As Lebanon plans to issue subsidy cards in replacement for the central bank’s subsidy program, some economic experts urge for long-term solutions to support the vulnerable families.
Given the shortage of foreign reserves in the country, the central bank will remove by the end of May its subsidies for food, medicines and fuel which costs 5 billion U.S. dollars yearly while opting for a subsidy card to be offered to nearly 750,000 families (75 percent of the population) at the cost of 1.2 billion U.S. dollars to alleviate the negative impact of the gradual lifting of subsidies.
Patrick Mardini, president of Lebanese Institute for Market Studies, told Xinhua that the subsidy card would have been perfect if the government had adopted it a year ago when money was still available to cover its cost.
The funding of the subsidy card and the time needed to issue and distribute these cards would be challenges, Mardini said.
Haneen Sayed, World Bank Lead Operations Officer and Task Team Leader, also cited the funding source for the subsidy card as a challenge facing the government while adding that this kind of support is usually adopted within the framework of an agreement with the International Monetary Fund (IMF).
Caretaker Prime Minister Hassan Diab previously said that the subsidy card will give amounts ranging from 1 to 3 million Lebanese pounds for each family.
Caretaker Finance Minister Ghazi Wazneh announced earlier this week that Lebanon will be looking for funding from international funds or it will have to use the obligatory reserves.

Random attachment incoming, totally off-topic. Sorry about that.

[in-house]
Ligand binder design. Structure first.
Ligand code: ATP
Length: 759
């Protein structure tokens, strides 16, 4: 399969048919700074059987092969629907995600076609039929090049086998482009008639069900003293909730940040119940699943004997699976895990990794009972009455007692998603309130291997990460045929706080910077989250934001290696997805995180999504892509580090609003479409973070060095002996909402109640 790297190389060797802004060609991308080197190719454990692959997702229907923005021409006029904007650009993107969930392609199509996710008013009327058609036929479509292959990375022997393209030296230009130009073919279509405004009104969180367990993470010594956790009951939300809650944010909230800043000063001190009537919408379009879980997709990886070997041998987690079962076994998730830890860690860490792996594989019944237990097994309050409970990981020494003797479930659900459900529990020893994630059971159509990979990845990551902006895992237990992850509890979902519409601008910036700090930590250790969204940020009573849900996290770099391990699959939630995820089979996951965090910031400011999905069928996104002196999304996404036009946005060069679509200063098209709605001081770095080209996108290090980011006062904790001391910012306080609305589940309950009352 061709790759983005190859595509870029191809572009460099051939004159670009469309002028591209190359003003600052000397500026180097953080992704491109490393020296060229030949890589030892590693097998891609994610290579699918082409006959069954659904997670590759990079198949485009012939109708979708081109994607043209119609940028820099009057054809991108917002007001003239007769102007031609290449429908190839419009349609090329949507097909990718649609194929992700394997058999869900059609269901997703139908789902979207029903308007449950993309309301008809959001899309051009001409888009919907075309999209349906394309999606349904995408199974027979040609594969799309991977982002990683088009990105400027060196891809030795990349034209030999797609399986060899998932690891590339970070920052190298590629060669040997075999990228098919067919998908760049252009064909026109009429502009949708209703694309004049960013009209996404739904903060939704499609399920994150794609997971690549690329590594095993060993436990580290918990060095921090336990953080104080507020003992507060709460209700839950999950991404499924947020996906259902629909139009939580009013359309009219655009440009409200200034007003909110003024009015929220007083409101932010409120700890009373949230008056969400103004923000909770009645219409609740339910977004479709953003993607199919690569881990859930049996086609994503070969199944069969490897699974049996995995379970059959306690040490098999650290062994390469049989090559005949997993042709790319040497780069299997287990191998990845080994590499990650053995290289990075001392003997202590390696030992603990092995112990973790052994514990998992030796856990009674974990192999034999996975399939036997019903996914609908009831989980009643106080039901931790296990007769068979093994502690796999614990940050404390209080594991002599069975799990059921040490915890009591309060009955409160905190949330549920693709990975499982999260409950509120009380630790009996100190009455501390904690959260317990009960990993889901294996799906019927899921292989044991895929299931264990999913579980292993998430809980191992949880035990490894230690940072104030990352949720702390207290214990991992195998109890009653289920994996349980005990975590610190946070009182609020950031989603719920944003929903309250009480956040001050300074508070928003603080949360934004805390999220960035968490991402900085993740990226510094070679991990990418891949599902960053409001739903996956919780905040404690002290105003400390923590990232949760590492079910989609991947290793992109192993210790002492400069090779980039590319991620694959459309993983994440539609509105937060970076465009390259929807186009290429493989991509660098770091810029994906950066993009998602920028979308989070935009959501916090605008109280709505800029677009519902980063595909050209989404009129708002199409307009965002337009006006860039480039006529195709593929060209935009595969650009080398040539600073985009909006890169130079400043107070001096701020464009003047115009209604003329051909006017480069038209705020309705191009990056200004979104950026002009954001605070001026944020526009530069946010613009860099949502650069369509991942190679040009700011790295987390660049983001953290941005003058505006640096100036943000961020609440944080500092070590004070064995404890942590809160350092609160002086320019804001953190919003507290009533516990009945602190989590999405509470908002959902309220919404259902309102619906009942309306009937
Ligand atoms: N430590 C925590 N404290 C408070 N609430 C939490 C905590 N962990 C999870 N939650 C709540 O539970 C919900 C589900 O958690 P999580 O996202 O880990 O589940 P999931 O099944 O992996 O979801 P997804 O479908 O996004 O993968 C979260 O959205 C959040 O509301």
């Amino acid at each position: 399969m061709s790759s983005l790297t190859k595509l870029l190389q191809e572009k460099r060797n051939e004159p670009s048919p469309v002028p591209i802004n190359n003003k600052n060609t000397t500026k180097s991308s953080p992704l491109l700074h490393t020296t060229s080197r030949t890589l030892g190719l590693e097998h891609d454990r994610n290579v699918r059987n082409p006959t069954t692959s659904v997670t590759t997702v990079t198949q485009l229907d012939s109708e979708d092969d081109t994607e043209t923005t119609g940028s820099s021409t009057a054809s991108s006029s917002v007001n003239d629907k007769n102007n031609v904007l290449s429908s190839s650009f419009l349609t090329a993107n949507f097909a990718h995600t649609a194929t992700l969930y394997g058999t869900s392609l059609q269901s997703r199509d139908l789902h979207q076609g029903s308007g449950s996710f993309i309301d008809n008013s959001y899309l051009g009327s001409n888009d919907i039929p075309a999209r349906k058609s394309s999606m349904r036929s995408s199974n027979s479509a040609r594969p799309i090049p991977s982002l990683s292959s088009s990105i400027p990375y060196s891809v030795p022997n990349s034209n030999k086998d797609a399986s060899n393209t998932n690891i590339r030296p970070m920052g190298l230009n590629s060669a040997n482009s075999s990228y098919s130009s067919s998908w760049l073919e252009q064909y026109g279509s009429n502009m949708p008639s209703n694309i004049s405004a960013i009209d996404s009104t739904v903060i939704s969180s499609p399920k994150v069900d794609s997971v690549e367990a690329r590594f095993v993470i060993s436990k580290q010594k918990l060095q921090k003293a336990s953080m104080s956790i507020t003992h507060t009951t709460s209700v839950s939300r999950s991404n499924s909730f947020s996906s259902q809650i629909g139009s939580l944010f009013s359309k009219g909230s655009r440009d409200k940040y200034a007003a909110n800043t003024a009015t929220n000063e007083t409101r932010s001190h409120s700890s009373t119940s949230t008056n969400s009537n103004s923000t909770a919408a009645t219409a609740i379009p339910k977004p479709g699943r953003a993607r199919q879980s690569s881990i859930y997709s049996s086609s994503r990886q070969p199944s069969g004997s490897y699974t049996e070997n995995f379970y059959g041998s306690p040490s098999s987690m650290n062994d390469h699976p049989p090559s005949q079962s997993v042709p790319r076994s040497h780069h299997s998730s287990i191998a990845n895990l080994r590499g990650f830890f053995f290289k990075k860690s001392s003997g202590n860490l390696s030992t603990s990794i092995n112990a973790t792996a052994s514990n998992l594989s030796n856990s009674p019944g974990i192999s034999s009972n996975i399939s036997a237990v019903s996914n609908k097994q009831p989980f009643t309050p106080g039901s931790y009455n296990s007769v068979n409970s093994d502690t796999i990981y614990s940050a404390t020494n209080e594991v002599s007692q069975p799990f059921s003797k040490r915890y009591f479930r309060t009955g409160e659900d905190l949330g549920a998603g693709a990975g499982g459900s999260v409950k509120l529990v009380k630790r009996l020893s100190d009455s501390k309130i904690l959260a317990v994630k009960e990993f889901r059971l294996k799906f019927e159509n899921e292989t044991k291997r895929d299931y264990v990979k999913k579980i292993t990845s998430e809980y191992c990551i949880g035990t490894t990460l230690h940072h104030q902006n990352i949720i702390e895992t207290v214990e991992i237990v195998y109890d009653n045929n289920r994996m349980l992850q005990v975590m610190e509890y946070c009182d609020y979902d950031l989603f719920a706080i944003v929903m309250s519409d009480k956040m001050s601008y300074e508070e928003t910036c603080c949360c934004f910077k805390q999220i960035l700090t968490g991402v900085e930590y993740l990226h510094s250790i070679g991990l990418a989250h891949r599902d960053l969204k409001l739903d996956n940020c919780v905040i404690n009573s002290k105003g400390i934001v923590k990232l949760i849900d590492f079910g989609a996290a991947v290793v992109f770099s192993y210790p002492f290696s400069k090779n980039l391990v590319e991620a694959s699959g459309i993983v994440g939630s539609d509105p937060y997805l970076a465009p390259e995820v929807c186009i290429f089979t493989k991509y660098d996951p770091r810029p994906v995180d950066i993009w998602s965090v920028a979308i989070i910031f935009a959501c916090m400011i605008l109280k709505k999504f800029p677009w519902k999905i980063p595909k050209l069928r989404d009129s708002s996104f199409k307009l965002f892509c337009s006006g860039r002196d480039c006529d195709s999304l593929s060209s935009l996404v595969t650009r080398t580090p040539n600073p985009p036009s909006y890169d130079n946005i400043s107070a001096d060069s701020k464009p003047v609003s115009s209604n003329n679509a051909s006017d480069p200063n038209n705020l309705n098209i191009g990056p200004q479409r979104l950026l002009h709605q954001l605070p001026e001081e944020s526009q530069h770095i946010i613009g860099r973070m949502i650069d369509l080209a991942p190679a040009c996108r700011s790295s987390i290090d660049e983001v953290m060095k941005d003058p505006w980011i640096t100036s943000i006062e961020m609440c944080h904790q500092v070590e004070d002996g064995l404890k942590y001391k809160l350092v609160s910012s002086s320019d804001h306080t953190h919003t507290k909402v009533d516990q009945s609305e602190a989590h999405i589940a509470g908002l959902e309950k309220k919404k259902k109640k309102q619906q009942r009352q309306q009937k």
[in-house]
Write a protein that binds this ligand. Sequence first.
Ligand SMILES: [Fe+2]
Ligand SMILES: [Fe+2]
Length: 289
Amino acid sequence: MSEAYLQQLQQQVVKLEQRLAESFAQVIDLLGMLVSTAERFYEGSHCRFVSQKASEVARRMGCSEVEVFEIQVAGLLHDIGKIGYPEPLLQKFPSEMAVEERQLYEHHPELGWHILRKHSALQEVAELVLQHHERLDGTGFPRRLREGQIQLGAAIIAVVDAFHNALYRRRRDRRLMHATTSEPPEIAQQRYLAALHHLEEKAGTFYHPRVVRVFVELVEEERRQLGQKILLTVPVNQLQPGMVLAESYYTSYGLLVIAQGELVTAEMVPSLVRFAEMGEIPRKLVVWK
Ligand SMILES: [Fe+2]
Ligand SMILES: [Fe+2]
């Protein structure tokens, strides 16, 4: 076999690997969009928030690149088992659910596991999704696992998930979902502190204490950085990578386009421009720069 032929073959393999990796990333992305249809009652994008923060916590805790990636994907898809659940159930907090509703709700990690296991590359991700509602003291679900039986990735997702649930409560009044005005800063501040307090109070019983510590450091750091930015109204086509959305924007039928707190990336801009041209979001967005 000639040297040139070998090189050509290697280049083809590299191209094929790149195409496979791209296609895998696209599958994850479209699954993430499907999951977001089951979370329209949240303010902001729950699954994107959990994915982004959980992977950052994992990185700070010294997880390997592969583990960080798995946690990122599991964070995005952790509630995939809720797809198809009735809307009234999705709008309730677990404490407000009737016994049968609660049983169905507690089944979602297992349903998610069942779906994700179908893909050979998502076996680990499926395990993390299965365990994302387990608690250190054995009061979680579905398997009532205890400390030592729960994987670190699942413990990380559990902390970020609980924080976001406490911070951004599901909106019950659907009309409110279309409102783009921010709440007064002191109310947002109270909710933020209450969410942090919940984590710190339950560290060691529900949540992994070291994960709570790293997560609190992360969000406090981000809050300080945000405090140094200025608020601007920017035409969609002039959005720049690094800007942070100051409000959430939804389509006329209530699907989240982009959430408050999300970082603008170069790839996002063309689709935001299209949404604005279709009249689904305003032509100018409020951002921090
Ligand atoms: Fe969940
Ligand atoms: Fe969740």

Adnan Rammal, representative of the trade sector in the Economic and Social Council, said the subsidy card should only be a temporary solution because direct support to citizens may discourage them from searching for jobs while relying on the government’s support.
Rammal told Xinhua the best solution for Lebanon is to form a cabinet and resume negotiations with the IMF to attract funds and investments to the country which would activate the different sectors and create job opportunities.
For his part, Mardini suggests that the central bank must allow depositors to withdraw their dollars which have been frozen at banks for over a year now given the shortage in U.S. currency after the transfer of billions of U.S. dollars to foreign countries.
“This would allow people to use their dollars while also activating the economy,” Mardini said.
According to Mardini, people who do not have bank accounts will be covered by the World Bank program aimed at supporting the most vulnerable families with 246 million U.S. dollars.
Meanwhile, Leila Dagher, economic advisor to the prime minister, said she is in favor of direct cash transfers to families while insisting that they must be achieved in a transparent and fair manner. Enditem